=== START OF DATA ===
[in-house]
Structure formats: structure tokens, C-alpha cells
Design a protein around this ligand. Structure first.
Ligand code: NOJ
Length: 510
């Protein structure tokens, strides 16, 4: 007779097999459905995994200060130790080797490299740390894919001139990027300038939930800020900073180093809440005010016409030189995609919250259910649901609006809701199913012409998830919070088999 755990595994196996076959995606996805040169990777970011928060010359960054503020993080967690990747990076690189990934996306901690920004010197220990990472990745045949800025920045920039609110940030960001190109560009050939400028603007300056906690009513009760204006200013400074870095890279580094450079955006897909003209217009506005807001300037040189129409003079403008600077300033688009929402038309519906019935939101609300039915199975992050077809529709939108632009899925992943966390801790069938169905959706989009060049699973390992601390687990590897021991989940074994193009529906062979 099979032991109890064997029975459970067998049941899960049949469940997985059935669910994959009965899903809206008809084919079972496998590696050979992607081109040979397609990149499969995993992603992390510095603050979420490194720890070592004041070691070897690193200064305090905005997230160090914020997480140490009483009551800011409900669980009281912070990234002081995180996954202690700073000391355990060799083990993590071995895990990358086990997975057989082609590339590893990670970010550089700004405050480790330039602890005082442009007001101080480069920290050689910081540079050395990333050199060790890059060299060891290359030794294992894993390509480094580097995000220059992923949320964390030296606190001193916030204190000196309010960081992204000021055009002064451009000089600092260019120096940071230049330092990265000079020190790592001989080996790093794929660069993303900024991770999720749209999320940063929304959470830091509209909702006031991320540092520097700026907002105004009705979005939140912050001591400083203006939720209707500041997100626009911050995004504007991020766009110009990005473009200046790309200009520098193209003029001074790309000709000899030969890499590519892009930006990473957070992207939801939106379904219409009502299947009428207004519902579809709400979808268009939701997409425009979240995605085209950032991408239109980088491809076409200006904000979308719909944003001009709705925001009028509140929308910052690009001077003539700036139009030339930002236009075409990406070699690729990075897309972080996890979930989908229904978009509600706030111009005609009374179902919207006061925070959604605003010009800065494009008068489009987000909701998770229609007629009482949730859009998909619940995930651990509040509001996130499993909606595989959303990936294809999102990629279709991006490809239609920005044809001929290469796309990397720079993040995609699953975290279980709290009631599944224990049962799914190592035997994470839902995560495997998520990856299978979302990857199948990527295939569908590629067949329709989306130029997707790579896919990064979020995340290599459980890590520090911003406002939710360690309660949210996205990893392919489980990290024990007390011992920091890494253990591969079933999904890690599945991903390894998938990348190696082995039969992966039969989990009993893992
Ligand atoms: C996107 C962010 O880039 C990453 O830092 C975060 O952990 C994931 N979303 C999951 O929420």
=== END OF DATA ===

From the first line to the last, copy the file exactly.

[in-house]
Structure formats: structure tokens, C-alpha cells
Design a protein around this ligand. Structure first.
Ligand code: NOJ
Length: 510
């Protein structure tokens, strides 16, 4: 007779097999459905995994200060130790080797490299740390894919001139990027300038939930800020900073180093809440005010016409030189995609919250259910649901609006809701199913012409998830919070088999 755990595994196996076959995606996805040169990777970011928060010359960054503020993080967690990747990076690189990934996306901690920004010197220990990472990745045949800025920045920039609110940030960001190109560009050939400028603007300056906690009513009760204006200013400074870095890279580094450079955006897909003209217009506005807001300037040189129409003079403008600077300033688009929402038309519906019935939101609300039915199975992050077809529709939108632009899925992943966390801790069938169905959706989009060049699973390992601390687990590897021991989940074994193009529906062979 099979032991109890064997029975459970067998049941899960049949469940997985059935669910994959009965899903809206008809084919079972496998590696050979992607081109040979397609990149499969995993992603992390510095603050979420490194720890070592004041070691070897690193200064305090905005997230160090914020997480140490009483009551800011409900669980009281912070990234002081995180996954202690700073000391355990060799083990993590071995895990990358086990997975057989082609590339590893990670970010550089700004405050480790330039602890005082442009007001101080480069920290050689910081540079050395990333050199060790890059060299060891290359030794294992894993390509480094580097995000220059992923949320964390030296606190001193916030204190000196309010960081992204000021055009002064451009000089600092260019120096940071230049330092990265000079020190790592001989080996790093794929660069993303900024991770999720749209999320940063929304959470830091509209909702006031991320540092520097700026907002105004009705979005939140912050001591400083203006939720209707500041997100626009911050995004504007991020766009110009990005473009200046790309200009520098193209003029001074790309000709000899030969890499590519892009930006990473957070992207939801939106379904219409009502299947009428207004519902579809709400979808268009939701997409425009979240995605085209950032991408239109980088491809076409200006904000979308719909944003001009709705925001009028509140929308910052690009001077003539700036139009030339930002236009075409990406070699690729990075897309972080996890979930989908229904978009509600706030111009005609009374179902919207006061925070959604605003010009800065494009008068489009987000909701998770229609007629009482949730859009998909619940995930651990509040509001996130499993909606595989959303990936294809999102990629279709991006490809239609920005044809001929290469796309990397720079993040995609699953975290279980709290009631599944224990049962799914190592035997994470839902995560495997998520990856299978979302990857199948990527295939569908590629067949329709989306130029997707790579896919990064979020995340290599459980890590520090911003406002939710360690309660949210996205990893392919489980990290024990007390011992920091890494253990591969079933999904890690599945991903390894998938990348190696082995039969992966039969989990009993893992
Ligand atoms: C996107 C962010 O880039 C990453 O830092 C975060 O952990 C994931 N979303 C999951 O929420």